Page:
Mansour continued his research and writing in Egypt, under the scrutiny of the State Security forces, before finally immigrating to the United States in 2001. He is grateful for the Internet: ‘now with the Internet and freedom, the opportunity to publish my work on  Ahl al-Qur’an website for free has arrived’ (Mansour 2007b). Today,  the  website serves as the primary means of publishing his own works in Arabic and English, as well as articles  by other Qur’anists. Ahl al-Quran also monitors worldwide media coverage of the current situation of Qur’anists in Egypt, publishing and discussing the coverage on the  site. The  material quoted  here  from http://www.ahl-alquran.com was accessed in 2007. When double checking citations for publication in August, 2009, the site was listed as ‘unavailable  now for maintenance.’

Ahl al-Quran stress the same themes found in the works of Khalifa, Ahmed, Yuksel, and other proponents of the concept of Qur’an alone: that the Qur’an is complete, com- prehensive and sufficient as the sole source of law in Islam, as well as the only tradition (sunna) of  the Prophet Muhammad (Ahl-alquran.com 2007). In contrast to the Qur’an, which they regard as the true sunna of Muhammad, they see many ‘‘so-called ‘Hadeeth’’’ as not only demeaning and insulting to the Prophet, but also as tools used to ‘entice and encourage terrorism’ (Mansour 2007a).

The  articles found on http://www.ahl-alquran.com address issues of belief and prac- tices, offering alternative interpretations to what the authors see as problematic elements of more traditional interpretations, particularly in areas such as women’s rights and free- dom  of  speech and  conscience. Like, http://www.free-minds.org,  authors on  http:// www.ahl-alquran.com freely express their personal understandings of Qur’anic teachings. Each article carries the  disclaimer that opinions are those of the  author  and may not reflect the opinions of the organization, or other members or participants. Some maintain the traditional forms of rituals and practices while removing elements they see as violating Qur’anic teachings and principles. Others differ dramatically from traditional understandings of such practices  as prayer, fasting, and pilgrimage. If the fear that a book other than the Qur’an would distract and mislead people has been realized in the status accorded to the Hadith by most Muslims, fear that without the Prophetic Traditions people would do whatever they see fit in the name of religious practices has been realized in the variant opinions of the rejecters of Hadith. This is a challenge to traditional, mainstream Islam; but is it, as the former deputy rector of al-Azhar suggests, the greatest threat facing Islam? The comparison that some draw with the Protestant Reformation (Musa 2008, p. 107) offers something to consider because while the Reformation did lead to new denominations  of  Christianity, many  of  them  quite  different than  the  Catholic  Church  they challenged, the Church  continued to thrive. Likewise, perhaps the Qur’an alone  movements may lead to new branches of Islam, while the traditional branches and schools will continue to thrive as well.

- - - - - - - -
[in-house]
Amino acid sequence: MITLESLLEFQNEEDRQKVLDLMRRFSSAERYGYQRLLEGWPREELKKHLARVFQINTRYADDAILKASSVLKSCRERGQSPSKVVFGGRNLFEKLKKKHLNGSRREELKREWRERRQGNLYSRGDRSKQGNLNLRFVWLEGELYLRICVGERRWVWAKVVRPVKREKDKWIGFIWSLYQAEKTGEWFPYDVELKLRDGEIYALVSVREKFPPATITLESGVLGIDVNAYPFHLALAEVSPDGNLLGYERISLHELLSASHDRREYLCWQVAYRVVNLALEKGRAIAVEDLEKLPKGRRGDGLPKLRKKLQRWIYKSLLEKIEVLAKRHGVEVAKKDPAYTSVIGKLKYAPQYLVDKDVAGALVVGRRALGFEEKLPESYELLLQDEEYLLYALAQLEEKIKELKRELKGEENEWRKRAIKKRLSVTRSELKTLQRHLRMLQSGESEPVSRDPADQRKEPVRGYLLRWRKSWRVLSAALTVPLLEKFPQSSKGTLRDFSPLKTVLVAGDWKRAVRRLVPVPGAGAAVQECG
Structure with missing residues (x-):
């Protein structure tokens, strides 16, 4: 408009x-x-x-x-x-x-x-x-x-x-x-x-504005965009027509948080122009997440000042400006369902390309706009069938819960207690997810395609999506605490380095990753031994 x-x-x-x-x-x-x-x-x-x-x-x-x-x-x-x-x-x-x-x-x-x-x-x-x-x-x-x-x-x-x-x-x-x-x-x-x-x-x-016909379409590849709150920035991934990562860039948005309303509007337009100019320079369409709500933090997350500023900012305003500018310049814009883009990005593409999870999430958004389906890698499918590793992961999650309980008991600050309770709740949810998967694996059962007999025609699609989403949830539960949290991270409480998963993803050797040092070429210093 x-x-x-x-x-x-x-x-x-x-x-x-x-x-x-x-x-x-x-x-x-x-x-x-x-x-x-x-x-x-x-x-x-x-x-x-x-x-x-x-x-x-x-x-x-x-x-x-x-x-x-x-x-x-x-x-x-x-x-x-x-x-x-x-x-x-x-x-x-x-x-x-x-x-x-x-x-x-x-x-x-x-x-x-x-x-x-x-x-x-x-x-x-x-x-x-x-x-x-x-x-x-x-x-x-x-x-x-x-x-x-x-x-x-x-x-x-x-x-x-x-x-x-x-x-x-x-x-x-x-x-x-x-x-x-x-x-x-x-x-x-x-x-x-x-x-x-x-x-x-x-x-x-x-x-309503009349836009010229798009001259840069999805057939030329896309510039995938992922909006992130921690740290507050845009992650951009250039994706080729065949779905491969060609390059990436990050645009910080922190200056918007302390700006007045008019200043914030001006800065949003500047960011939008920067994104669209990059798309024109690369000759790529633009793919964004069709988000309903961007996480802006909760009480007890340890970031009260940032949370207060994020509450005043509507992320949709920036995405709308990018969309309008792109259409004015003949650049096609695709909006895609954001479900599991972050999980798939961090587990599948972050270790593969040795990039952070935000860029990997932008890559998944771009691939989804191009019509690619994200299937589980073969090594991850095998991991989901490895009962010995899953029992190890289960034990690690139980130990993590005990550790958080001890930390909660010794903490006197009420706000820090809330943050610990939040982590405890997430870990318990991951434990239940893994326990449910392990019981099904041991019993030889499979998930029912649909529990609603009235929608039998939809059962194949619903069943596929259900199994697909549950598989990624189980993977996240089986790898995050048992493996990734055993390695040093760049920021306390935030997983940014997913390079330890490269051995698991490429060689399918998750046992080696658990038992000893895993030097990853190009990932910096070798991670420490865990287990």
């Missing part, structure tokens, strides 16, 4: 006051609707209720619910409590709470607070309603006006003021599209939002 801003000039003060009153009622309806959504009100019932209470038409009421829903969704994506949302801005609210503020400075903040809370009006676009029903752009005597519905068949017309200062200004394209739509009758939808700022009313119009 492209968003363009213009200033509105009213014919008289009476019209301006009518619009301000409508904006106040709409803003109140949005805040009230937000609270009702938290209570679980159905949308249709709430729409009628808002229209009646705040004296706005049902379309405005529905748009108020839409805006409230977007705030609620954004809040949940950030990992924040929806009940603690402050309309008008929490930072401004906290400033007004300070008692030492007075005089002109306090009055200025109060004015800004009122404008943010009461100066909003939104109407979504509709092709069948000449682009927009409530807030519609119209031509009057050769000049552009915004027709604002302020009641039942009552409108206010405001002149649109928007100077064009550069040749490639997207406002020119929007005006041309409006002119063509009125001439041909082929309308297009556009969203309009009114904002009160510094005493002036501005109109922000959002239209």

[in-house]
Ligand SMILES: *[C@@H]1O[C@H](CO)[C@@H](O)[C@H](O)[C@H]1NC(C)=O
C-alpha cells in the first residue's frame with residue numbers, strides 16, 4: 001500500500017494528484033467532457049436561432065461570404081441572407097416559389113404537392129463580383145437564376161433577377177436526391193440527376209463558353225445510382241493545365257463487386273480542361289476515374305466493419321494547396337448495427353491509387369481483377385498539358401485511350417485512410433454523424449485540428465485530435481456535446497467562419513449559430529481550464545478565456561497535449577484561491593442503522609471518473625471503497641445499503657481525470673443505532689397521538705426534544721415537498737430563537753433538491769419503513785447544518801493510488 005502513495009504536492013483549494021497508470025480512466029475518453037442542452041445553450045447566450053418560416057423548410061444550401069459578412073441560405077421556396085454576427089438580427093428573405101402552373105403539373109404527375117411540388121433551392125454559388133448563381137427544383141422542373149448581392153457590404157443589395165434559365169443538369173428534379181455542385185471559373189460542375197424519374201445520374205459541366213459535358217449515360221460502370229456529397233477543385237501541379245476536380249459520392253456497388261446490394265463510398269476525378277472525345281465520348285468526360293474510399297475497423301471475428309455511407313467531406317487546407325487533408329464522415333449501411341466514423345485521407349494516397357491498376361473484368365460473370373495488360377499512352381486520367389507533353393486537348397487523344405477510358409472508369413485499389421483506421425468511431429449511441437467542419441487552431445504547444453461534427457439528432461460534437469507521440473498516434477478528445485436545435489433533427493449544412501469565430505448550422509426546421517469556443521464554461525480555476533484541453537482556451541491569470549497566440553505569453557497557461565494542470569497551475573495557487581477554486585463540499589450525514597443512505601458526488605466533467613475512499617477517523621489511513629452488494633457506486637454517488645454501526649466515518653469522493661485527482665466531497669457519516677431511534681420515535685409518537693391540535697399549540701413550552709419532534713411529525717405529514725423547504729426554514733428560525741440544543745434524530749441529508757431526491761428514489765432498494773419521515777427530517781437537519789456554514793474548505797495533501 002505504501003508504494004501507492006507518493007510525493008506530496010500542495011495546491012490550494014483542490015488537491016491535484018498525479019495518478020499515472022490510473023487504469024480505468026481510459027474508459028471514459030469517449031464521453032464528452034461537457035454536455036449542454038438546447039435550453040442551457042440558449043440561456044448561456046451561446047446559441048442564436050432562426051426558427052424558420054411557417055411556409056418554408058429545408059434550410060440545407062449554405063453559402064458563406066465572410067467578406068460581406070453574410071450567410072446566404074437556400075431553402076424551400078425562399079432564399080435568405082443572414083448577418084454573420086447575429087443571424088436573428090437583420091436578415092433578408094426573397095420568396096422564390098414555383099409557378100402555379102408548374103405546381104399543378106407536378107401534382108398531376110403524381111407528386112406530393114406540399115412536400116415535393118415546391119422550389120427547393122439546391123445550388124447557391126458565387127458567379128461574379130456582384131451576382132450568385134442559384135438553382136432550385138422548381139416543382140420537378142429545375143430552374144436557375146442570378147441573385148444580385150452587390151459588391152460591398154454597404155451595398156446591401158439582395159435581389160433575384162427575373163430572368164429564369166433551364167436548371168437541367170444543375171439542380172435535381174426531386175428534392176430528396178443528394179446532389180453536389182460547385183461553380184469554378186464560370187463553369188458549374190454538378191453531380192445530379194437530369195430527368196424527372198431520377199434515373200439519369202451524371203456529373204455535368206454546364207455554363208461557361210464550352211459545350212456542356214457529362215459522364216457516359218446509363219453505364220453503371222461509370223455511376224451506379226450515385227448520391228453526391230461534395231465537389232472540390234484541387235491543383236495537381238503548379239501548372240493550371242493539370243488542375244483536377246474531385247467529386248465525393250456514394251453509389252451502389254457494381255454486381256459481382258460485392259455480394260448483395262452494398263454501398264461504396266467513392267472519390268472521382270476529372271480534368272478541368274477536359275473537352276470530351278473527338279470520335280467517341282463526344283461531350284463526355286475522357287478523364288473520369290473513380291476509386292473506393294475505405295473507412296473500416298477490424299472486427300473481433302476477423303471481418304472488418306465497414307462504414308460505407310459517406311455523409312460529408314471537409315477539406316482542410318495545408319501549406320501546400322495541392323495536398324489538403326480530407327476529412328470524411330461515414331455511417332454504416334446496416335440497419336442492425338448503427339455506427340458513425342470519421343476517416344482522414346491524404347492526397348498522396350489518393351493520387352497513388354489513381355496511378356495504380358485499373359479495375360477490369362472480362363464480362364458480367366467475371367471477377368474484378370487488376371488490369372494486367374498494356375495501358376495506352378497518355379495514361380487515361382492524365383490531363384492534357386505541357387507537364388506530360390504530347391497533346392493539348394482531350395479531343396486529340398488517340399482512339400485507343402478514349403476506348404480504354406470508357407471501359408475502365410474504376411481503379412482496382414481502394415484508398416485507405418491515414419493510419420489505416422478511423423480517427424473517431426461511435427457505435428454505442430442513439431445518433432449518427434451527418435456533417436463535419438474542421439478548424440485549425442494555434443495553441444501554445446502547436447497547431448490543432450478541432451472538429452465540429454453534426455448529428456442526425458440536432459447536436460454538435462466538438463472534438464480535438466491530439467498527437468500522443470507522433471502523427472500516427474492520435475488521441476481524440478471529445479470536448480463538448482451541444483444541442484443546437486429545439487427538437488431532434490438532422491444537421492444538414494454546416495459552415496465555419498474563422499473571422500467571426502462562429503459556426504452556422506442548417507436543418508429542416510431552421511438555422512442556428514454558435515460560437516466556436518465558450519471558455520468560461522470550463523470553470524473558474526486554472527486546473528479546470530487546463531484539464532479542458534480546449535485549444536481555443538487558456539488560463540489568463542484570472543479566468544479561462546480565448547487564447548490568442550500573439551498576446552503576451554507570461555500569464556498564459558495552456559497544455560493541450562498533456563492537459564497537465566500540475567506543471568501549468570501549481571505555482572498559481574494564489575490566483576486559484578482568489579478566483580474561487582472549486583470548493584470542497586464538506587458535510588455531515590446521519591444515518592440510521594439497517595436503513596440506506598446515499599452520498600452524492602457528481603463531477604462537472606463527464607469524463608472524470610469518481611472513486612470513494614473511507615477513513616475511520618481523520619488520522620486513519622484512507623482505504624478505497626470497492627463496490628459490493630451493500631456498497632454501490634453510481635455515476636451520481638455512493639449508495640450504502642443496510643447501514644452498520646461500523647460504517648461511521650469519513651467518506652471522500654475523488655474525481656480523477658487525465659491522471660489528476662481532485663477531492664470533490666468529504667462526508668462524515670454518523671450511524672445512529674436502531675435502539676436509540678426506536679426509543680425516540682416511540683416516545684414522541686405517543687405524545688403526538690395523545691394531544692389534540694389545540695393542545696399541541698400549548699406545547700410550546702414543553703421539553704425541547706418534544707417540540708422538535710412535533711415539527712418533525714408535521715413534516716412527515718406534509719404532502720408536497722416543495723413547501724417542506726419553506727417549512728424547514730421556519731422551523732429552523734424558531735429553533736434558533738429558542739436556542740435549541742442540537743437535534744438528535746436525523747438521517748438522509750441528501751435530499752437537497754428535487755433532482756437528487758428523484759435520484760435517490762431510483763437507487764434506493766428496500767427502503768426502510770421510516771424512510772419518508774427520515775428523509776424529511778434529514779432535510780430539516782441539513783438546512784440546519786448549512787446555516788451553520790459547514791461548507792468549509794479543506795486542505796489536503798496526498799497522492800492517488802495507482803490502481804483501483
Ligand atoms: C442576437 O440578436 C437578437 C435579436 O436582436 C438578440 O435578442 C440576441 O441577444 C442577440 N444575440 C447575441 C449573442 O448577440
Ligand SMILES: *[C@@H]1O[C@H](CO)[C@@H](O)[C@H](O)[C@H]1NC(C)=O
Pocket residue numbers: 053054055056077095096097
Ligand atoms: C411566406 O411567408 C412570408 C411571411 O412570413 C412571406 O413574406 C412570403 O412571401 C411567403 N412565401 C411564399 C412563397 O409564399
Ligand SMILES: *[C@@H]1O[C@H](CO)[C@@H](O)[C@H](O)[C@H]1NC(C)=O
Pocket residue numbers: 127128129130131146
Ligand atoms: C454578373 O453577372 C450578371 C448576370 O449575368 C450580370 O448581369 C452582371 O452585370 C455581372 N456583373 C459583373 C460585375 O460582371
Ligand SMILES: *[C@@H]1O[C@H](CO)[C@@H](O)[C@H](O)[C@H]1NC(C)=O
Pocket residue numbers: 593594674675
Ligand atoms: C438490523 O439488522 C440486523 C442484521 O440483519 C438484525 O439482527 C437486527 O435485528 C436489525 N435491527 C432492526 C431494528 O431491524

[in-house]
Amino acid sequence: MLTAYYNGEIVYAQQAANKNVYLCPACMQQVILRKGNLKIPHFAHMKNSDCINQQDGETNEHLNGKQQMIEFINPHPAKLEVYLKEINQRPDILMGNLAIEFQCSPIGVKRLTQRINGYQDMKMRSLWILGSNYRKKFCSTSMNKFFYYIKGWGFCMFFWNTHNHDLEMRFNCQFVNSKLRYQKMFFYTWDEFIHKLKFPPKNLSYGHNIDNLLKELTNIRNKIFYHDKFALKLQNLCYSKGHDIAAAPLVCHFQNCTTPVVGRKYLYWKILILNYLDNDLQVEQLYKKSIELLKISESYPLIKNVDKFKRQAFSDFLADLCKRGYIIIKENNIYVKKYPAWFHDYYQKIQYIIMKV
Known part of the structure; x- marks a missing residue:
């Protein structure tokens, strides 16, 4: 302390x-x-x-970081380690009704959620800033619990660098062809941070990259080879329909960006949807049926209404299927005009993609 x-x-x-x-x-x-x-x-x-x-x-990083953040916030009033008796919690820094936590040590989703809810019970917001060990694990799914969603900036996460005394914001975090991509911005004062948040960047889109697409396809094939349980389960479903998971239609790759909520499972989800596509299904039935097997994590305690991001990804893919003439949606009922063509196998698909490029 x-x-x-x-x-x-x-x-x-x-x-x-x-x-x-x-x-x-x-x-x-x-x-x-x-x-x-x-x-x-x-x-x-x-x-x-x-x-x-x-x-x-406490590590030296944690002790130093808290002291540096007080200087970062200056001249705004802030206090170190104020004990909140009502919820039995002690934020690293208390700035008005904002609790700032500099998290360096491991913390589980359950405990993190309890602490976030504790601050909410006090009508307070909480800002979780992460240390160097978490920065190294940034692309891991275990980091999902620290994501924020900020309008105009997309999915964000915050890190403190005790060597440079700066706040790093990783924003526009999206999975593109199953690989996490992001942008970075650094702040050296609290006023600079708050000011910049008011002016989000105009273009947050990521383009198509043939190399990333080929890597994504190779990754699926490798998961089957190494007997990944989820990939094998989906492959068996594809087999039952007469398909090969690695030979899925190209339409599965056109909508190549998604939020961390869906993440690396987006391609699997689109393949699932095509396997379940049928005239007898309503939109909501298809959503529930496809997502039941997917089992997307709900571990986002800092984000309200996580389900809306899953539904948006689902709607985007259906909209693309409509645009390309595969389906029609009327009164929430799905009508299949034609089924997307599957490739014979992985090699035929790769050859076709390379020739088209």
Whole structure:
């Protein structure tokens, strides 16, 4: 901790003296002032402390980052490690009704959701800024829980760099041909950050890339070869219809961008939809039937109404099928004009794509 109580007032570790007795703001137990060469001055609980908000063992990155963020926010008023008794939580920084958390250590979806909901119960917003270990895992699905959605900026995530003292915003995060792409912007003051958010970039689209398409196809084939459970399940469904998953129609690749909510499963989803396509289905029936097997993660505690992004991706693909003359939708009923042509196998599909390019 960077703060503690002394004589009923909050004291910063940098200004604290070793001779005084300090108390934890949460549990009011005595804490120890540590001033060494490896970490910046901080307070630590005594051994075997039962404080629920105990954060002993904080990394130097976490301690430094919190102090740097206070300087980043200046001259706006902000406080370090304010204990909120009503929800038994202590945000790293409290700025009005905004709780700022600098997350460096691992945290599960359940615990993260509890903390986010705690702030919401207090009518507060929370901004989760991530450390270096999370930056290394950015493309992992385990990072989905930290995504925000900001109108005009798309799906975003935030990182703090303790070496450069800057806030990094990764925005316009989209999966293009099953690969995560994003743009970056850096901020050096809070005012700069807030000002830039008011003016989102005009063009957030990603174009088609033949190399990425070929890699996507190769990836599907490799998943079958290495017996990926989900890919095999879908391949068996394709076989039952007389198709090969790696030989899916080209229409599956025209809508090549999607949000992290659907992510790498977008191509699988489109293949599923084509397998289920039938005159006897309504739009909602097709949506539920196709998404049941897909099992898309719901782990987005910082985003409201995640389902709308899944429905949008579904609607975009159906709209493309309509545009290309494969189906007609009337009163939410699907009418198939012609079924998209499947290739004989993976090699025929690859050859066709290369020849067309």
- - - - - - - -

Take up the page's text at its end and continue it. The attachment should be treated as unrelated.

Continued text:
Short Biography

Dr Aisha Y. Musa received her PhD in Arabic and Islamic Studies from the Department of Near  Eastern Languages & Civilizations at Harvard University. She is currently an assistant professor of Islamic Studies in the Religious Studies Department at Florida Inter- national University, in Miami. Dr Musa’s training at Harvard focused on early Islamic scriptural history, specifically the relative authority of the Qur’an and Prophetic Tradi- tions (Hadith). Her book, Hadith as Scripture: Discussions on the Authority   of Prophetic  Tradi- tions in Islam (Palgrave, 2008), explores the development of the doctrine of duality of revelation and issues surrounding the relative authority of the Qur’an and the Prophetic Traditions (Hadith). Her  research and teaching interests extend from the early classical period to the present and include translation of classical Arabic texts, Qur’anic interpreta- tion, women’s issues, and modern-day reformist and neo-traditionalist movements.

Note

*  Correspondence address: Aisha Y. Musa, 11200 SW 8th  St, DM  302, Miami, Florida 33199, USA. E-mail: [email protected]